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Ervin v. United States

United States District Court, W.D. Kentucky, Owensboro Division

August 23, 2017

GARY ERVIN, PLAINTIFFS
v.
UNITED STATES OF AMERICA DEFENDANT

          MEMORANDUM OPINION AND ORDER

          Joseph H. McKinley, Jr., Chief Judge United States

         This matter is before the Court on Defendant's Renewed Motion for Judgment as a Matter of Law under Rule 50(b) [DN 117]. Fully briefed, this matter is ripe for decision. For the following reasons, Defendant's Motion is DENIED.

         I. Background

         Plaintiffs, the Ervin brothers and their wives, originally filed this suit as a refund action against the Defendant, the United States, seeking a refund of the valuation misstatement penalty and penalty interest payments paid to the IRS on their tax returns in the years 1999 and 2000. As a basis for the suit, the Ervins asserted the reasonable cause defense, in which they alleged that they had reasonable cause to claim their tax losses because they relied in good faith upon the advice of competent tax advisors who advised them to do so. They purportedly relied on four advisors: BDO Seidman (an accounting firm), Curtis Mallet (a tax law firm), Jesse Mountjoy (their longtime attorney), and Martin McElroy (their longtime accountant).

         The reasonable cause defense is a “narrow exception” to liability for a tax-related penalty. Kerman v. Commissioner, 713 F.3d 849, 868 (6th Cir. 2013); see Stobie Creek Invs., LLC v. United States, 82 Fed.Cl. 636, 716-17 (2008), aff'd, 608 F.3d 1366 (Fed. Cir. 2010). This defense required the Ervins to prove “by a preponderance of the evidence . . . each of the following elements with respect to any advisor they claim reliance upon”: 1) “The advisor was a competent professional who had sufficient expertise to justify reliance”; 2) “The Ervins provided necessary and accurate information to the advisor”; and 3) “The Ervins actually received advice and relied in good faith on the advisor's judgment.” (Jury Instr. 4 [DN 115] at 8.)

         A trial was held beginning on March 13, 2017. At the close of proof, Defendant moved for entry of judgment as a matter of law pursuant to Fed.R.Civ.P. 50(a) on the theory that because the Ervins never received advice as to the economic substance of the transaction they could not adequately establish their reasonable cause defense. The Court considered and orally denied the motion. From there, the jury concluded that the Ervins reasonably relied on three of their four advisors: BDO Seidman, Curtis Mallet, and Jesse Mountjoy. Defendant has renewed its motion for judgment as a matter of law under Fed.R.Civ.P. 50(b), which is now before the Court.

         II. Standard of Review

         Fed. Civ. R. 50(b) provides that judgment as a matter of law may be granted when “a party has been fully heard on an issue and there is no legally sufficient evidentiary basis for a reasonable jury to find for that party on that issue.” Imwalle v. Reliance Med. Prod., Inc., 515 F.3d 531, 543 (6th Cir. 2008) (quoting Reeves v. Sanderson Plumbing Prod., Inc., 530 U.S. 133, 149 (2000)). In reviewing such motions, the Court views the evidence in the light most favorable to the non-moving party and gives him the benefit of all reasonable inferences. West v. Tyson Foods, Inc., No. CIV.A. 4:05-CV-183M, 2008 WL 5110957, at *2 (W.D. Ky. Dec. 3, 2008), aff'd, 374 F. App'x 624 (6th Cir. 2010) (citing Tarrant Serv. Agency, Inc. v. Am. Standard, Inc., 12 F.3d 609, 613 (6th Cir. 1993)). The Court should “not weigh the evidence, evaluate the credibility of the witnesses, or substitute its judgment for that of the jury.” Hogancamp v. Callaway, No. 5:08CV-00152-JHM, 2012 WL 2994264, at *2 (W.D. Ky. July 20, 2012) (citing Hometown Folks, LLC v. S & B Wilson, Inc., 643 F.3d 520, 530 (6th Cir. 2011); Adam v. J.B. Hunt Transp., Inc., 130 F.3d 219, 231 (6th Cir. 1997); Tarrant, 12 F.3d at 613). “A trial court must affirm the jury verdict unless there was “no legally sufficient evidentiary basis for a reasonable jury to find for [the prevailing] party.” White v. Burlington Northern & Santa Fe R. Co., 364 F.3d 789, 794 (6th Cir. 2004) (quoting Fed.R.Civ.P. 50(a)). In other words, “[t]he district court must ‘indulge all presumptions in favor of the validity of the jury's verdict, ' and ‘should refrain from interfering with a jury's verdict unless it is clear that the jury reached a seriously erroneous result.'” Williams v. Nashville Network, 132 F.3d 1123, 1131 (6th Cir. 1997) (quoting Brooks v. Toyotomi Co., 86 F.3d 582, 588 (6th Cir. 1996)).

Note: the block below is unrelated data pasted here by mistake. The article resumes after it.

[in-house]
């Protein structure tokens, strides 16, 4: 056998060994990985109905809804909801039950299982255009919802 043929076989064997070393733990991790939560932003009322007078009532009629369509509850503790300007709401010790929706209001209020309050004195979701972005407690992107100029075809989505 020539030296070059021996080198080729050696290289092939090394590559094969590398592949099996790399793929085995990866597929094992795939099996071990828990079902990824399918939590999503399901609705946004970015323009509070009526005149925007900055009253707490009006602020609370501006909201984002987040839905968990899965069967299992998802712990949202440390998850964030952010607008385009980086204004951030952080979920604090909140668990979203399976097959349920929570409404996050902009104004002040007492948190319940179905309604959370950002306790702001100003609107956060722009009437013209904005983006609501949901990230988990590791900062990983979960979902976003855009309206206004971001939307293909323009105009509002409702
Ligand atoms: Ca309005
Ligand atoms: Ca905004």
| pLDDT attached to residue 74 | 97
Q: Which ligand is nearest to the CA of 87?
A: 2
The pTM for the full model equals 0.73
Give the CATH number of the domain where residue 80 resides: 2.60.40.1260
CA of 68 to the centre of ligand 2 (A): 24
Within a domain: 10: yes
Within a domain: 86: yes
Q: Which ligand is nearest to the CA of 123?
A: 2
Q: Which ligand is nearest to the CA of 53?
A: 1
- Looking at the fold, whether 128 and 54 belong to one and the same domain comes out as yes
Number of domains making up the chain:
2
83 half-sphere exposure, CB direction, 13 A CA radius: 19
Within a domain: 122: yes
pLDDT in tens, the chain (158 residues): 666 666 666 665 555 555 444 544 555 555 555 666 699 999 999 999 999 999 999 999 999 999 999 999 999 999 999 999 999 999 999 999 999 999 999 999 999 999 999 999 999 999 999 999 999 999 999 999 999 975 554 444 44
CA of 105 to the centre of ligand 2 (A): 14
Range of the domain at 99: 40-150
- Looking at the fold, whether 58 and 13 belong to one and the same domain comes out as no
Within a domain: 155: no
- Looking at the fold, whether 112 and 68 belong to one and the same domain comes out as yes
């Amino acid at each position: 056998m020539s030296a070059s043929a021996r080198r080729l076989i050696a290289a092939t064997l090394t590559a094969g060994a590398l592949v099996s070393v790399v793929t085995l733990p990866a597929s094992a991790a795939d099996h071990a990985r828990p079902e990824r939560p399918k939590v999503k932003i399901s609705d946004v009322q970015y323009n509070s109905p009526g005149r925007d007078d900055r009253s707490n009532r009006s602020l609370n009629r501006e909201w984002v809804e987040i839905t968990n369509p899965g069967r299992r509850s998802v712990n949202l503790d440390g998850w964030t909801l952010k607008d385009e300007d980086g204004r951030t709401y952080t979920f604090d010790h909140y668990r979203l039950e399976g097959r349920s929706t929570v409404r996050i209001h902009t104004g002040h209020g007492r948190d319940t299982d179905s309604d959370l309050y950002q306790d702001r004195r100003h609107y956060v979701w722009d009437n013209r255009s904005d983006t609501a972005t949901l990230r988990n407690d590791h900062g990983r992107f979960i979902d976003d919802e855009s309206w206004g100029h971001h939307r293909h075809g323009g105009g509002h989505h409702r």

III. Discussion

         The United States argues that there was insufficient evidence adduced at trial to support the Ervins' reasonable cause defense, arguing: 1) that the Ervins never received any advice from their advisors regarding the economic substance of the transaction; 2) that any advice rendered was based on unreasonable assumptions as to future events by Gary Ervin; and 3) that these three advisors were not independent and therefore incapable of rendering advice upon which the Ervins could have reasonably relied.

         To combat this Motion, the Ervins assert that the United States waived its right to bring the first and third arguments because it did not address them in its oral Motion for Judgment as a Matter of Law under Rule 50(a). In making the Rule 50(a) Motion, the United States expressly stated that it wished to preserve and incorporate all arguments made in its pre-trial brief into its Rule 50(a) motion, which include the arguments that the Ervins were never advised as to the economic substance of the transaction and that the advisors were not truly independent. The Court permitted the United States to do this rather than requiring counsel to detail each argument after the close of proof. Because the Court allowed counsel this flexibility, the Court declines to treat these arguments as waived and will address each of the United States' arguments herein.

         A. Advice Regarding Economic Substance